Damage to the midgut is a predisposing condition for nosematosis, especially the new disease “collapse of the bee colony” caused by Asian nosema, which has caused huge damage to bees around the world.

Is honeydew honey healthy?

The toxic properties of honeydew honey led beekeepers to consider it

for unfit for consumption not only by bees but also by humans, which is why they removed and discarded it. Their surprise was huge when the East Germans coming to our resorts in the last century began to buy it at prices higher than those of the highest quality varieties of honey. Only then did our beekeepers appreciate it and bring it to market.

Above all, the rich content of trace elements in the salts that have passed undigested through the digestive tract of aphids and then – through the body of bees. Double purified, they are completely absorbed by our body and have a miraculous healing effect on debilitating conditions – rickets, poor growth, muscle weakness, anemia, bone disorders, anorexia, testicular atrophy, weight loss, cretinism and myxedema.

Are there different honeydew honeys? (5 types of honeydew honey)

The great variety of sources of honeydew shows that there are many types of honeydew honey with different therapeutic manifestations. E. Zander (1931) was the first to identify five varieties of honeydew honey in the southern regions of Germany, namely:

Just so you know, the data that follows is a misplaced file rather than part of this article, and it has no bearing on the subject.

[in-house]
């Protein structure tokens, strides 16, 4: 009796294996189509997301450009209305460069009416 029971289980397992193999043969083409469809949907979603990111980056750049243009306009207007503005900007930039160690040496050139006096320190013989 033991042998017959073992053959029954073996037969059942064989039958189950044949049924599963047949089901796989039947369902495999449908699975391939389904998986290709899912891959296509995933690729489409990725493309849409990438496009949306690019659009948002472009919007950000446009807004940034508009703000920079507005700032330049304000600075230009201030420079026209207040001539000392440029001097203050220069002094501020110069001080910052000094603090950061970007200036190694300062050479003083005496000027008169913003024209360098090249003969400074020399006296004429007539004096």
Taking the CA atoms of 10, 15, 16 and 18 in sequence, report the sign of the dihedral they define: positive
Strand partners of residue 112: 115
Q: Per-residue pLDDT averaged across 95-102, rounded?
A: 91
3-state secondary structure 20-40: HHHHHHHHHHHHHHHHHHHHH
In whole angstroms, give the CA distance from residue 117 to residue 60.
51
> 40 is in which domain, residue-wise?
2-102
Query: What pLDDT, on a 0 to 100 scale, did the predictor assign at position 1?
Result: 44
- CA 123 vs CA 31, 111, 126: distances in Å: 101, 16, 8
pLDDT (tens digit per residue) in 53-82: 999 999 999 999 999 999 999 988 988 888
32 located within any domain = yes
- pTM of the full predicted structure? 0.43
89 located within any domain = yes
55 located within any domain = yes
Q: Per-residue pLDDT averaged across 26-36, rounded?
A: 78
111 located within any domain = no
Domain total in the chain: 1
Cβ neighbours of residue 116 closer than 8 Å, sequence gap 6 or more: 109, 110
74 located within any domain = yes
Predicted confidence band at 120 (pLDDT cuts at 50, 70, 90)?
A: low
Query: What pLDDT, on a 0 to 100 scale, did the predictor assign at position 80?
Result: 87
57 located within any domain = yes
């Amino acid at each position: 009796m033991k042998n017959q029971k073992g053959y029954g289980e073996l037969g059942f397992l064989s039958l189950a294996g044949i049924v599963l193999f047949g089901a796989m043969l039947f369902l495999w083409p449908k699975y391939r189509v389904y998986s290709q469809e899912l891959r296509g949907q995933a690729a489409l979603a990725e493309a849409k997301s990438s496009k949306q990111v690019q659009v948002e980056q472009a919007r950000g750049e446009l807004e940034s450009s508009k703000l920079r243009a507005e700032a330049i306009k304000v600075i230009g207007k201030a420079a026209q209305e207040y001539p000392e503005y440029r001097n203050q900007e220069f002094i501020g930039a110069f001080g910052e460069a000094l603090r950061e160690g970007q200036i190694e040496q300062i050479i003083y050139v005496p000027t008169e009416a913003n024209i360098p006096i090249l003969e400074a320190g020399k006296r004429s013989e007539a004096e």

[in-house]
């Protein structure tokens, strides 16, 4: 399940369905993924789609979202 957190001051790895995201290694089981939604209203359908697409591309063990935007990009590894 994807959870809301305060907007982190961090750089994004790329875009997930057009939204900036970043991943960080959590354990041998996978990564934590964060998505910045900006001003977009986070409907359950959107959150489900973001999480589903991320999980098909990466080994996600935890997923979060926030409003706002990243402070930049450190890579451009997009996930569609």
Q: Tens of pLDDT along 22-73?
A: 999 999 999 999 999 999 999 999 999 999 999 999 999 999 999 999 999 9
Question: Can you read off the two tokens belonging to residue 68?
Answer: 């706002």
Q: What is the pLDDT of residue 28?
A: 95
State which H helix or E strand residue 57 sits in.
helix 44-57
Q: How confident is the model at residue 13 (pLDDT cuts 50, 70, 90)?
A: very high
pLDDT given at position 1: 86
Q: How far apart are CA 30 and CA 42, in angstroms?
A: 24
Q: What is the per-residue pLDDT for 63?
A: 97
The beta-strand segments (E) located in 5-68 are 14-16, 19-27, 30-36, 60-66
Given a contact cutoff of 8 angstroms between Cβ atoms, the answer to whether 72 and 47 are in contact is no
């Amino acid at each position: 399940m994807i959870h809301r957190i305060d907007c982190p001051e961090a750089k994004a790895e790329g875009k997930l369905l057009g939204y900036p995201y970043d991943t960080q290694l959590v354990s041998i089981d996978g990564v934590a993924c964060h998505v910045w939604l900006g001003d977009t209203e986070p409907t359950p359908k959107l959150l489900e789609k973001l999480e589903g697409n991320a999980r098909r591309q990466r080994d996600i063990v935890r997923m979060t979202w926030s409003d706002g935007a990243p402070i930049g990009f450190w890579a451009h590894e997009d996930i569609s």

• Honeydew leaf honey with dark brown (almost black) color turning green, with very sticky consistency and weak aroma. Crystallizes slowly, forming large crystals resembling pieces of cotton.
  • Fir honey with dark green color, highly sticky, with resinous aroma. It crystallizes slowly, forming large crystals, darkening even more.
  • White fir honey with yellow-golden color, with malty taste and aroma.
  • Deciduous honey (from coniferous trees of the genus Larix, on which the leaves fall in autumn). It is lemon yellow or light brown and quickly forms large crystals.
  • Pine honey (from high mountain pine forests), with water-transparent color.